Volkswagen is continuing its diesel story in the United States with the 2009 Volkswagen Touareg TDI. VW sold its first diesel vehicle in the U.S. way back in 1997 and introduced the turbo-diesel engine to the States in 1992. The latest chapter in this story is the 2009 Touareg with the 3.0-liter V-6, which will be available in the spring of 2009.
You may remember Volkswagen’s monster V-10 turbo-diesel Touareg, which churned out an incredible 310 hp and 550 lb-ft of torque with little regard for fuel economy. Thankfully, this time VW is bringing us a Touareg TDI that’s all about fuel economy, a much better fit in the current economic and political landscapes. This V-6 should return 17/25 mpg. For comparison, the gasoline V-6 engine gets 14/20 mpg and the V-8 is rated at a mere 13/18 mpg. With 221 hp and 407 lb-ft of torque, the Touareg TDI V-6 doesn’t sacrifice performance; a 0-60 mph sprint should take about 8.5 seconds.
Perhaps more amazing than the increase in fuel economy is the reduction in emissions Volkswagen has achieved through the years. Emissions have been reduced by 90 percent when compared to the original VW diesels sold here and the Touareg meets the Tier 2, Bin 5 requirements, so it can be sold in all 50 states. The complex exhaust system, which uses a selective catalytic converter and AdBlue, removes 90 percent of the NOx emissions and 95 percent of particulates in the exhaust. There’s no black smoke, soot, or smell associated with this SUV.
Servicing the Touareg TDI is particularly important because of the AdBlue solution used to treat the exhaust. All diesel vehicles that use AdBlue (a mixture of 32 percent urea and 68 percent water) must have the solution onboard in order to start the engine (this is a federal mandate and also applies to Audi, Mercedes, and BMW vehicles using AdBlue). Volkswagen designed the AdBlue tank to accommodate up to 10,000 miles of regular driving, but that number could vary depending on individual driving habits. A warning light comes on when there is only 1500 miles worth of AdBlue left in the 4.5-gallon tank. Theoretically, there is enough AdBlue capacity to last the duration of a regular service interval.
Driving the Touareg TDI is no different than driving any other Touareg. Those used to driving a V-8 Touareg may miss its horsepower on the highway, but the extra torque and fuel economy are worth the small sacrifice in high-speed passing prowess. Anyone with a trailer to tow will really benefit from the available torque and the tow rating is an impressive 7700 lbs. For road trips without a trailer, fuel stops will be scarce. It’s possible to travel more than 600 miles on a single tank of diesel in the Touareg.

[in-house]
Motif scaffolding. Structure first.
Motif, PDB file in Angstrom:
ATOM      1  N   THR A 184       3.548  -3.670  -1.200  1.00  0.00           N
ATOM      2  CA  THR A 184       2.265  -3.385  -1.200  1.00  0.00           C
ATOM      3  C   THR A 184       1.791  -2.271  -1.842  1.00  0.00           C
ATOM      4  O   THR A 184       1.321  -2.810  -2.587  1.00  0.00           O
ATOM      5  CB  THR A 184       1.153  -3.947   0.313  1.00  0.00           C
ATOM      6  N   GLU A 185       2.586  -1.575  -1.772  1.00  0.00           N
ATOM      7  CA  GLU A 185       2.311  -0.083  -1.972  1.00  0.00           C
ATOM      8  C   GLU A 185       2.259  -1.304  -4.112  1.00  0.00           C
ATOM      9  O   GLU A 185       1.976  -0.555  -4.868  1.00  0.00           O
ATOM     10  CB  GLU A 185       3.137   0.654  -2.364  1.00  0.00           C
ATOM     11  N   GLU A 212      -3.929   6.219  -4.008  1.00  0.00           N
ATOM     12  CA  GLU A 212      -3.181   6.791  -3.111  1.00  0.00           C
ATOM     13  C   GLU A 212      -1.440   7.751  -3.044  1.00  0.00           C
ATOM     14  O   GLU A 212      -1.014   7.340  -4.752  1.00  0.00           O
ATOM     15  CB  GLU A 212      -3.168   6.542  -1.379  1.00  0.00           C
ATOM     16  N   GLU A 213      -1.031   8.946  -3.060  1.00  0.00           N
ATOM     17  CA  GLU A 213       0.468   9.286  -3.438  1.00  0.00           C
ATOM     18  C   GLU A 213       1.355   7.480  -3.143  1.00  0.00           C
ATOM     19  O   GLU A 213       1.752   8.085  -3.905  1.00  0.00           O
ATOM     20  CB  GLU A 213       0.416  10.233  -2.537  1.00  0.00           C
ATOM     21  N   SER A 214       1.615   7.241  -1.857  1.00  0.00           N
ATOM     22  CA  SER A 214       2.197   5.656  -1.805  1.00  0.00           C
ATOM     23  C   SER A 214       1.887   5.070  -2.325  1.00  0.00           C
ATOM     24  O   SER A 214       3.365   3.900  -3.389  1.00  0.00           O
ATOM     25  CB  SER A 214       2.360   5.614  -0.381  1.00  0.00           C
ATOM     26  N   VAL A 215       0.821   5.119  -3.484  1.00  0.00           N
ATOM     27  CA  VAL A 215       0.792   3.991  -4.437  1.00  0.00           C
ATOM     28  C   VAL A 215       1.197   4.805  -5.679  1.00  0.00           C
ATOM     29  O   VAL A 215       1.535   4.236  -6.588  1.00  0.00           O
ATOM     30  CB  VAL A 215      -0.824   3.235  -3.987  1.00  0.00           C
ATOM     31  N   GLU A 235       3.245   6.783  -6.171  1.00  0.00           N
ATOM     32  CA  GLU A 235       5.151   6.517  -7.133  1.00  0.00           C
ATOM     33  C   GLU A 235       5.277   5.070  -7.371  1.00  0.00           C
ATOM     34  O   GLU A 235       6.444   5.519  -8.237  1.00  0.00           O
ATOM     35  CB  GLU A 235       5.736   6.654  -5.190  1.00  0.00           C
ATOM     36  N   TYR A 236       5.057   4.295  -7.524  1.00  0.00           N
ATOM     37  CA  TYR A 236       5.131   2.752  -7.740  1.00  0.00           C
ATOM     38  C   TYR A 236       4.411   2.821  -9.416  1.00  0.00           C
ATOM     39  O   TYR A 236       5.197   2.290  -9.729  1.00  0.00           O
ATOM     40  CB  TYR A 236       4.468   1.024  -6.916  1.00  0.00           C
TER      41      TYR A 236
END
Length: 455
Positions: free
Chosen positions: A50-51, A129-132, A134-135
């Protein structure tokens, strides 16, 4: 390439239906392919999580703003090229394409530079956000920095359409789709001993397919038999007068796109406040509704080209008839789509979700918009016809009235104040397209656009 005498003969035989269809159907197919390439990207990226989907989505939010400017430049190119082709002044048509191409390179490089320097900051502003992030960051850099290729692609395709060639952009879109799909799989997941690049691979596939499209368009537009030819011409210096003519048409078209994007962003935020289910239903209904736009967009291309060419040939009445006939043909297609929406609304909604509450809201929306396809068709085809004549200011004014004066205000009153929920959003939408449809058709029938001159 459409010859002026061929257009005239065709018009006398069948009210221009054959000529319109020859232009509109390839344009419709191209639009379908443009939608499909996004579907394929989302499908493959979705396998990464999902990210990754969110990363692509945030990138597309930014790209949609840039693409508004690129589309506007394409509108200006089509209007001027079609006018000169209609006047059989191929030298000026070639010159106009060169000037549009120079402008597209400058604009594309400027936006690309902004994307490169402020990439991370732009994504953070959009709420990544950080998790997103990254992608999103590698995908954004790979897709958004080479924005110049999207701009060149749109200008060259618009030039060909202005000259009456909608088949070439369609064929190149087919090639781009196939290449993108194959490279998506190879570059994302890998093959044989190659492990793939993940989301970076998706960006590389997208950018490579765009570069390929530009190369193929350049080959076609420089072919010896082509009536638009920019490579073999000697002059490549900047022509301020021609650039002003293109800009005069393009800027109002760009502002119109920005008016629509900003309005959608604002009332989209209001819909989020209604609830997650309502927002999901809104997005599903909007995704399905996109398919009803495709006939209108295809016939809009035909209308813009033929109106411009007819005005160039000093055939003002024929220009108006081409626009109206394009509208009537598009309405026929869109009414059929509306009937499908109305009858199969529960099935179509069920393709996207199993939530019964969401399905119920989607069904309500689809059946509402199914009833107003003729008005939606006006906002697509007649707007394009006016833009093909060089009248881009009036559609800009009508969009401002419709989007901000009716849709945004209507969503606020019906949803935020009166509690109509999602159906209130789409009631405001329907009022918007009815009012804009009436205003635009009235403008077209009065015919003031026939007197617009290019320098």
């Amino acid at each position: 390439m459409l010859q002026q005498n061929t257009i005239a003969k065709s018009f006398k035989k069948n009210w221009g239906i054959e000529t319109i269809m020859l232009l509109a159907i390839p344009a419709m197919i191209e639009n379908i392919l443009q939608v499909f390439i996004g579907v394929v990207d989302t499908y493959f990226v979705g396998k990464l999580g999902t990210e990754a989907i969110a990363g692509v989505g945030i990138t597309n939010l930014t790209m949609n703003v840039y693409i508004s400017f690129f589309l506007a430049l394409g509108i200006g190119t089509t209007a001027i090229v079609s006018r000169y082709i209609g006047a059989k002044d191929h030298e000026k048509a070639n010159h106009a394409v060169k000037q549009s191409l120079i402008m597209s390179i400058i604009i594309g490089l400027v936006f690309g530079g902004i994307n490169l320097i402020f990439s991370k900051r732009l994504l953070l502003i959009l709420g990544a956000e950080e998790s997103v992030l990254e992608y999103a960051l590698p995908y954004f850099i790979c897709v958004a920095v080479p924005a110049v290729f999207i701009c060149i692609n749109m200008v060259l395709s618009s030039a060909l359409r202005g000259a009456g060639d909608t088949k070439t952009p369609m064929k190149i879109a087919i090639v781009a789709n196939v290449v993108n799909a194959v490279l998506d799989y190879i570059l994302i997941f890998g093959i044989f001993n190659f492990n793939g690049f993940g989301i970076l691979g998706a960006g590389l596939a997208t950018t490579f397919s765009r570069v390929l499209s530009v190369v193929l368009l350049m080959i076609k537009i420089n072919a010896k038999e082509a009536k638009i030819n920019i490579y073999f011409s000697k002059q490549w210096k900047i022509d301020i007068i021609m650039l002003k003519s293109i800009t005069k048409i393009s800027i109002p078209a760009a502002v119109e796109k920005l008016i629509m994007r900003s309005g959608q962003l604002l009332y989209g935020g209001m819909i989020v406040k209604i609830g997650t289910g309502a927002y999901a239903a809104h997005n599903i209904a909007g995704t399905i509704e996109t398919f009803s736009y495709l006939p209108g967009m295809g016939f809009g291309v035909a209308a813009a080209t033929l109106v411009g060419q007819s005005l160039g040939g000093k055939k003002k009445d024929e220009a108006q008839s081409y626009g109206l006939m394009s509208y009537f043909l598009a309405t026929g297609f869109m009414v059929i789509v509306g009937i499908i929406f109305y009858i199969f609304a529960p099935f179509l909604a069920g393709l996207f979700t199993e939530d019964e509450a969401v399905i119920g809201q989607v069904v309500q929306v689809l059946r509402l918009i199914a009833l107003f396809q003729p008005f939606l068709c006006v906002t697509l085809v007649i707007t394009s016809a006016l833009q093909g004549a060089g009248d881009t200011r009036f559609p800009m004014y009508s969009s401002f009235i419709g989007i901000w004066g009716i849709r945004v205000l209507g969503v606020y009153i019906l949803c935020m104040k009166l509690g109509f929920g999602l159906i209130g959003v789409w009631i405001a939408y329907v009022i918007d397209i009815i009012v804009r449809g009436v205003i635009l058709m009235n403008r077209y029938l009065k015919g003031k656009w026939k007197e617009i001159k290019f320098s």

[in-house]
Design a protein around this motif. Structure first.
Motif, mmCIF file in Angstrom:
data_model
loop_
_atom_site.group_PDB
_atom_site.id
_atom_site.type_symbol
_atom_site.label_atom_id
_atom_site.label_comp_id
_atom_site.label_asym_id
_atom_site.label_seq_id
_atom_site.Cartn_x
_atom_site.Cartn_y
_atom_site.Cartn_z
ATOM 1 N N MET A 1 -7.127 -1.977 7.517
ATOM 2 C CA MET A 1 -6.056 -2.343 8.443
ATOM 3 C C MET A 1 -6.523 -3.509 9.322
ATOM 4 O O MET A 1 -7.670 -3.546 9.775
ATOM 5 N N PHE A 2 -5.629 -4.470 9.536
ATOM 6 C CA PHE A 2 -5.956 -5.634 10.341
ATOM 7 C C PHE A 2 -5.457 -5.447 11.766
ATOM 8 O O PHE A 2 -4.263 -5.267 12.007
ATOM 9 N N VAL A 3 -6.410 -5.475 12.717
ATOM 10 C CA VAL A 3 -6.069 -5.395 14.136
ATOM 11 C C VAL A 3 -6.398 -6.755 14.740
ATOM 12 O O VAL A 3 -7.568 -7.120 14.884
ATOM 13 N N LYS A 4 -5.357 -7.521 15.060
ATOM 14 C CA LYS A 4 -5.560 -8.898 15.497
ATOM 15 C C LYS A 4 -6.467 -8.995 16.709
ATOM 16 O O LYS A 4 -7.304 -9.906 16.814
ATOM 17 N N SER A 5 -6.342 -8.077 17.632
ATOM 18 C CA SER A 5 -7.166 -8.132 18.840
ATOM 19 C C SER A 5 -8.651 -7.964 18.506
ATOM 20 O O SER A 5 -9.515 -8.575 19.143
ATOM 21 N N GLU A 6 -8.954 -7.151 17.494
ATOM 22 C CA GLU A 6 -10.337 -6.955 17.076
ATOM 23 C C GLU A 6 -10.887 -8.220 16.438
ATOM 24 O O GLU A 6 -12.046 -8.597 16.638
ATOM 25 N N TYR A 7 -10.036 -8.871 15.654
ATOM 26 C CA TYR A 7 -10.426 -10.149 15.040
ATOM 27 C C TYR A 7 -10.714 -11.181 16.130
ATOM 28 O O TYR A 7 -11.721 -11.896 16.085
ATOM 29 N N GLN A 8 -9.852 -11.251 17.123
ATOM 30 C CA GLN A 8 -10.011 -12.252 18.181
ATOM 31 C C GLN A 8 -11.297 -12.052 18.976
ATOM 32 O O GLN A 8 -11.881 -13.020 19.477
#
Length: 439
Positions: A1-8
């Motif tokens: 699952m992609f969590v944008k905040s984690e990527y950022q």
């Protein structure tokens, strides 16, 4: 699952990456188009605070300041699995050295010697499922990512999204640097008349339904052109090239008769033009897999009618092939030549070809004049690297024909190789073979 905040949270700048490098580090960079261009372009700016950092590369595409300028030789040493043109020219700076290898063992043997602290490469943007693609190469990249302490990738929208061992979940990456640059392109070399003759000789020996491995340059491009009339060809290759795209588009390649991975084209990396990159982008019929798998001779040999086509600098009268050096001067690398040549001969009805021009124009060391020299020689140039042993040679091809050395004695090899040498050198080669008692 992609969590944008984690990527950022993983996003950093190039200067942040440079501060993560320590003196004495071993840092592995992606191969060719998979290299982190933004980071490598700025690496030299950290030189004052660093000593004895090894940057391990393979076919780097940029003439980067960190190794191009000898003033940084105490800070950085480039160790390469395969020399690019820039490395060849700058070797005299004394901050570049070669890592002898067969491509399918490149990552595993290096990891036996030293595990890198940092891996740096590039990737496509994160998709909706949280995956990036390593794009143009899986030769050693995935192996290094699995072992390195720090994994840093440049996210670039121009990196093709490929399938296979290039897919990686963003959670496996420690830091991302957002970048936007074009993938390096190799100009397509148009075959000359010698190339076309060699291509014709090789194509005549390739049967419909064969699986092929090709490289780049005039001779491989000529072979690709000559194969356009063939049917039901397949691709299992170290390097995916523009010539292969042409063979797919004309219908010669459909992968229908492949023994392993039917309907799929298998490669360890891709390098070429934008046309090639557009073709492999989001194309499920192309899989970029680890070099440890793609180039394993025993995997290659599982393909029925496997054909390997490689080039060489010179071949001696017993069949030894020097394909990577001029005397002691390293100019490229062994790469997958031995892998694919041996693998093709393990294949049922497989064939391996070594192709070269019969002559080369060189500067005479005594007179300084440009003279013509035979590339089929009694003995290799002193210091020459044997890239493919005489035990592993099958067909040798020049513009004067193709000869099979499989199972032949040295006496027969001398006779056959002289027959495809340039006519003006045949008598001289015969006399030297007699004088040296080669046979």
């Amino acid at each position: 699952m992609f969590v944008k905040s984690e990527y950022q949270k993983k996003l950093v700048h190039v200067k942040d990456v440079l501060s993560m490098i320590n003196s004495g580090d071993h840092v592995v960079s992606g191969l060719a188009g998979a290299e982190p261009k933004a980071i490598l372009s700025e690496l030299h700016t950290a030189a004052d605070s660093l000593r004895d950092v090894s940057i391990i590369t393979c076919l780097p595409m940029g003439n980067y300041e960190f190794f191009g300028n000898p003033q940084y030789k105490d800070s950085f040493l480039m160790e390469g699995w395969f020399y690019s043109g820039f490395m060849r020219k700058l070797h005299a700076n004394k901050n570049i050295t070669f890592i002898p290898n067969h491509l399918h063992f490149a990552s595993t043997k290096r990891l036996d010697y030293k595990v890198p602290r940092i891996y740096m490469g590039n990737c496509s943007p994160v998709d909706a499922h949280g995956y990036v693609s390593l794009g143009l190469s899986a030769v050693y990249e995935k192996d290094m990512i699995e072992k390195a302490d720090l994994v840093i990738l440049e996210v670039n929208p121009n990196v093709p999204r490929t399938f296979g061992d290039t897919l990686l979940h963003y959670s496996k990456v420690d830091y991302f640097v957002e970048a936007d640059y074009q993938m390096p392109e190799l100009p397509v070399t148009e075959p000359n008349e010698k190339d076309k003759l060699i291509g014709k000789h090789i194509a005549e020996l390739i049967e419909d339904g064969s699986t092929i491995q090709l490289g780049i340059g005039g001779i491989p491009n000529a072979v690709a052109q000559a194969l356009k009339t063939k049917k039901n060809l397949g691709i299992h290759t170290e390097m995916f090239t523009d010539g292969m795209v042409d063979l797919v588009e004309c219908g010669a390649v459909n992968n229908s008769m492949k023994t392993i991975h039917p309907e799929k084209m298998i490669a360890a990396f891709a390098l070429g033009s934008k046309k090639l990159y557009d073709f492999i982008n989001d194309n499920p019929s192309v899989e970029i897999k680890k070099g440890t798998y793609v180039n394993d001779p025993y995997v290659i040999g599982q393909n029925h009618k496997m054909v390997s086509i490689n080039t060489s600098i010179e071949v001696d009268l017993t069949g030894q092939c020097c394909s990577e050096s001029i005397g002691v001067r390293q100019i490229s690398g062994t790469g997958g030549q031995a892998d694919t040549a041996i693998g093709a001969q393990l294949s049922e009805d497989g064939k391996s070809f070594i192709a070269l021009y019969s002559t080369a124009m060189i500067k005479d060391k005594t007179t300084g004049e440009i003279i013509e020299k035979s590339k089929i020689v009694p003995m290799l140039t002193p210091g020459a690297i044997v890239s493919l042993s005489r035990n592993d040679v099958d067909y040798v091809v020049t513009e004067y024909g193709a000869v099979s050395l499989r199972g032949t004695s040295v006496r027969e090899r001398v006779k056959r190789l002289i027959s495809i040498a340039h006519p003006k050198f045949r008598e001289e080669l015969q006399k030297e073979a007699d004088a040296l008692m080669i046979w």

Aside from the available TDI engine, the 2009 Touareg is largely the same as the 2008 Touareg. We were happy to find a new infotainment unit residing in the dashboard, as the old unit was getting a little tried. Now VW is right with the best-in-class as far as navigation units go. A much nicer display and more intuitive functionality make interacting with the navigation system a breeze.
The other change we noticed was a much softer suspension setup than previous Touaregs. We sampled an the standard steel spring suspension, not the fancy air suspension, and found the amount of body roll to be excessive. The Touareg used to strike a decent balance between sport and comfort when fitted with traditional springs, but the new “comfort” suspension, as the spec sheet calls it, really isn’t very comfortable. Navigating canyon roads left us a bit queasy, but puttering around town wasn’t so bad. Hard drivers would be well served to pick up a set of aftermarket springs and firm up the ride.
Perhaps the biggest downfall of the Touareg remains the lack of a third row of seats. A vehicle of this size should have at least a pair of kid-sized seats in the back. That would broaden the appeal of the Touareg and allow even more consumers the ability to drive a diesel SUV. For now, those seeking three rows of seating and a diesel will be forced to shop for a Mercedes-Benz; both the R- and GL-classes offer three rows of seats and modern diesel power. However, the Benz name adds quite a bit to the price.
Volkswagen finally has the right engine for the Touareg. Hopefully the 3.0-liter TDI will spur sales of the SUV in 2009. For the first 11 months of 2008, Volkswagen only sold 6226 Touaregs compared with 7590 during the same 11 month period in 2007. An economical SUV could be just what the sales doctor ordered for these tough economic times.